The problem for some left-wing scribes I suspect comes from a lack of life experience. Feeling that they are the side of the political debate that has traditionally been viewed as the side lacking courage, they try to butch up by showing their fearlessness compared to conservatives who “are scared and want, more than anything else, to be protected.”

This tack betrays a profound ignorance on serious matters. Anyone who’s ever had anything to be really fearful about will tell you that courage is not the absence of fear, but the mastery of it. Someone who walks into a hospital and receives a grim diagnosis and feels no fear is either dysfunctional or a fool. The same goes for someone who does the research regarding the threat posed by Radical Islam and emerges fearless.

ON A SUNDAY NIGHT IN 1983, ABC SHOWED THE controversial TV movie “The Day After” which depicted life in Lawrence, Kansas after nuclear Armageddon. (Amazingly, it was even worse than life in Lawrence before the bombs fell.)

The movie was a sensation. Tens of millions of people who had never given much thought to nuclear war decided that we had to something about this threat. The unilateral nuclear disarmament movement gained steam; Ronald Reagan grew increasingly demonized by domestic and European liberals. Others held firm and said that the best way to ensure peace was through strength.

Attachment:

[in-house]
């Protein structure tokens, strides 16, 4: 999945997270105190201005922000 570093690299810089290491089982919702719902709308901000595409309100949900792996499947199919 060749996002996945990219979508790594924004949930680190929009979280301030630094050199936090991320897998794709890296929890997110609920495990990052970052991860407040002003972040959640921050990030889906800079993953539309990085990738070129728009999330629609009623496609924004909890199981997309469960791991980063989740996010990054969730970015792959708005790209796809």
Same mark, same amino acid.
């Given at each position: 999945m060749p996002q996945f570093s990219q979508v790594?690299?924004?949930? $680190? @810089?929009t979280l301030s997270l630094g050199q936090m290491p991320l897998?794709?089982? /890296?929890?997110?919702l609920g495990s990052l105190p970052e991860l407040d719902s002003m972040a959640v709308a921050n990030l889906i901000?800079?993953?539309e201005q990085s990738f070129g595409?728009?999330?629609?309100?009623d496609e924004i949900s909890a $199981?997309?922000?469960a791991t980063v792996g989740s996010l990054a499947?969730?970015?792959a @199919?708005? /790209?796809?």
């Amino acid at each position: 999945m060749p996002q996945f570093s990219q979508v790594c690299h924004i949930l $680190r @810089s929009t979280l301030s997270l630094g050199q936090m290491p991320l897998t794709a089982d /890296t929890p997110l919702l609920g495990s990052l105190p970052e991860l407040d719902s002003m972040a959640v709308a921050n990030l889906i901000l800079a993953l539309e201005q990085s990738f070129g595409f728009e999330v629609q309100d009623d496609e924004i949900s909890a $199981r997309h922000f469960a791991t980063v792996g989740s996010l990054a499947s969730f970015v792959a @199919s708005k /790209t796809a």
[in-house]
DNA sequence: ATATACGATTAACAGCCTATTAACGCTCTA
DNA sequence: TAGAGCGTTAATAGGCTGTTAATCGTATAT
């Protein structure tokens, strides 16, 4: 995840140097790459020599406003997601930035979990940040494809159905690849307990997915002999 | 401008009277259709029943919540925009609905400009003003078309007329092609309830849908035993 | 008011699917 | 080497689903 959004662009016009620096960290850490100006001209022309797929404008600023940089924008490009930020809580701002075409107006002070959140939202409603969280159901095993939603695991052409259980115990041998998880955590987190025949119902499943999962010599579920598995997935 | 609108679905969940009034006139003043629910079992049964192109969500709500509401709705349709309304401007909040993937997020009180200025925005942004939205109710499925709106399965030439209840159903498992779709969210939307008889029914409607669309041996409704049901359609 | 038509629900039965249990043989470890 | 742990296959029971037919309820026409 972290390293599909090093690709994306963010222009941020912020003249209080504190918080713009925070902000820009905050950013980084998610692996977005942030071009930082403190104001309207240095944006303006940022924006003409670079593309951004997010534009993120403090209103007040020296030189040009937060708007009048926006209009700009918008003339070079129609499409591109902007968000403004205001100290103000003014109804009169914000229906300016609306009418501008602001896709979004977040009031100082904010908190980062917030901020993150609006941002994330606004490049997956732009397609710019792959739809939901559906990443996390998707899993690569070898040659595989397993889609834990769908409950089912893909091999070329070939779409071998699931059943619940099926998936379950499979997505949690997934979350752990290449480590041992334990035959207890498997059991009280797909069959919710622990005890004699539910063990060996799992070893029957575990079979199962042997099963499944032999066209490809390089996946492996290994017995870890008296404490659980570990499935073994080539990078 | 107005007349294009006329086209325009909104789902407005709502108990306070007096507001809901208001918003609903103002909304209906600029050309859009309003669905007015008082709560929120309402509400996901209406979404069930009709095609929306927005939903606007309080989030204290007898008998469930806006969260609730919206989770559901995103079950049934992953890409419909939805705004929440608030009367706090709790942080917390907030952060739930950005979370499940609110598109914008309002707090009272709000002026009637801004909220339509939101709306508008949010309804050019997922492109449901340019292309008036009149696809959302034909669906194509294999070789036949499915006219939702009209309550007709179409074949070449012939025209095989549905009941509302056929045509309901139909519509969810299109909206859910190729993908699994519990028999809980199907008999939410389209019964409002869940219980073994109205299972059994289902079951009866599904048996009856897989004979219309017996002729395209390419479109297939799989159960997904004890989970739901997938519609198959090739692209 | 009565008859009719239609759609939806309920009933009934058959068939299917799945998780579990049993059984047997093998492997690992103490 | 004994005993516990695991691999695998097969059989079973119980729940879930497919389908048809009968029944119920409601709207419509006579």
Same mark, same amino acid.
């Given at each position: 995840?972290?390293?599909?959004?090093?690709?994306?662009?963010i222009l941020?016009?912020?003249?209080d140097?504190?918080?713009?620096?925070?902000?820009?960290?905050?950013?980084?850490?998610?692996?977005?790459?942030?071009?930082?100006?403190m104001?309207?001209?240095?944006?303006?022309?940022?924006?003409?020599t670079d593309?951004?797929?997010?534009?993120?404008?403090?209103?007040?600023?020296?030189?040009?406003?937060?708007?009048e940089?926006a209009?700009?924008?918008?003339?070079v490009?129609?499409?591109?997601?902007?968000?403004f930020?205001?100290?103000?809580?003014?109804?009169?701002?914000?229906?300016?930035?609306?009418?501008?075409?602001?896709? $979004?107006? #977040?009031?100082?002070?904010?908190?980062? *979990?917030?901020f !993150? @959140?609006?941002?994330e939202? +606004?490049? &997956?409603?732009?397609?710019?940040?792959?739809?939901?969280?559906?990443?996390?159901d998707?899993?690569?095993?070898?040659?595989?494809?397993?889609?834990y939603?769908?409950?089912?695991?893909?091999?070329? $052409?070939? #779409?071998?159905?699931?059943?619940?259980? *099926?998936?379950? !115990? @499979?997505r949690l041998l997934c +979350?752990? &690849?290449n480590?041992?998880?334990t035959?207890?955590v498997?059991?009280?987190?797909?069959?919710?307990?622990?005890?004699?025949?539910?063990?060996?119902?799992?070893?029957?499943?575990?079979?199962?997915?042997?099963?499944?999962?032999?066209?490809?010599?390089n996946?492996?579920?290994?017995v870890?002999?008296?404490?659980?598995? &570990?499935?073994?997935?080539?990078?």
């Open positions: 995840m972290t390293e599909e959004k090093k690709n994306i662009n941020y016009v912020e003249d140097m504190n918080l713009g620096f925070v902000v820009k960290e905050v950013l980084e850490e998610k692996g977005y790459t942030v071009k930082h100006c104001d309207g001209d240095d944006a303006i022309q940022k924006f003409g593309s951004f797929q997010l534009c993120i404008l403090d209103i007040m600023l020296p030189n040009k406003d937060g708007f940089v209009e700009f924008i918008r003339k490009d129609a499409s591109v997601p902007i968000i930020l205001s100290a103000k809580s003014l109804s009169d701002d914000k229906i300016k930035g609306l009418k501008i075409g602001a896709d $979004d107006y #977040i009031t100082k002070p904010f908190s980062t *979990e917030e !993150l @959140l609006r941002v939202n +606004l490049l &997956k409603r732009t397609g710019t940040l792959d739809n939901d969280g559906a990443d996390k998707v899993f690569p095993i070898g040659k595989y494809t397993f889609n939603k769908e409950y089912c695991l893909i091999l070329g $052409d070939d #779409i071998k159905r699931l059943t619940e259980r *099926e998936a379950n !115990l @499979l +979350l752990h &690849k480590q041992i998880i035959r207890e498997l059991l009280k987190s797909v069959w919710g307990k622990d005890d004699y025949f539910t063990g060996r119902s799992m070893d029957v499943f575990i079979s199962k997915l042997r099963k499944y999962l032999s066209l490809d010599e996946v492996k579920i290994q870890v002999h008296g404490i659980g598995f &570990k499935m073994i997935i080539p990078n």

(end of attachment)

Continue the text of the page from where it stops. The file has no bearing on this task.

I was a junior in high school when “The Day After” aired. The next day, normal class events were cancelled so we could discuss the film in Math, Chemistry, etc under the caring direction of our largely liberal faculty. I weighed in with my Reagan supporting views, even though I had watched the Bruins game the night before rather than the dreary docudrama. My teachers were outraged, asking how I could even have the audacity to weigh in on the matter without having first seen this important film.

I told them that long before last night, the thought of a nuclear holocaust had scared me. I didn’t need a TV movie to reinforce the notion that such an event must not occur. And I had reached my conclusions about how to avoid a nuclear holocaust rationally, rather than emotionally.

My major concern with our modern left is they haven’t even begun thinking about the real threat that radical Islam poses. Really now – they can’t even bring themselves to mention the term “Radical Islam,” can they?

So when a dirty bomb explodes in Manhattan or a mushroom cloud appears above Atlanta, their sole reaction will be an emotional one, probably one that expresses rage at the president while foregoing anything remotely constructive. While they should be thinking about these matters and how to prevent them, they instead do little more than indulge their fondness for juvenile insults and partisan gamesmanship.

UPDATE: Not that we should dignify Greenwald's insults with a response, but several emailers point out that Steyn traveled to Iraq (Ramadi) and dined alone in a cafe shortly after the invasion. When Greenwald (or even one of his sock-puppets) does the same, then he'll have more solid ground to stand on when questioning another's manliness.

Compliments? Complaints? Contact me at Soxblog@aol.com.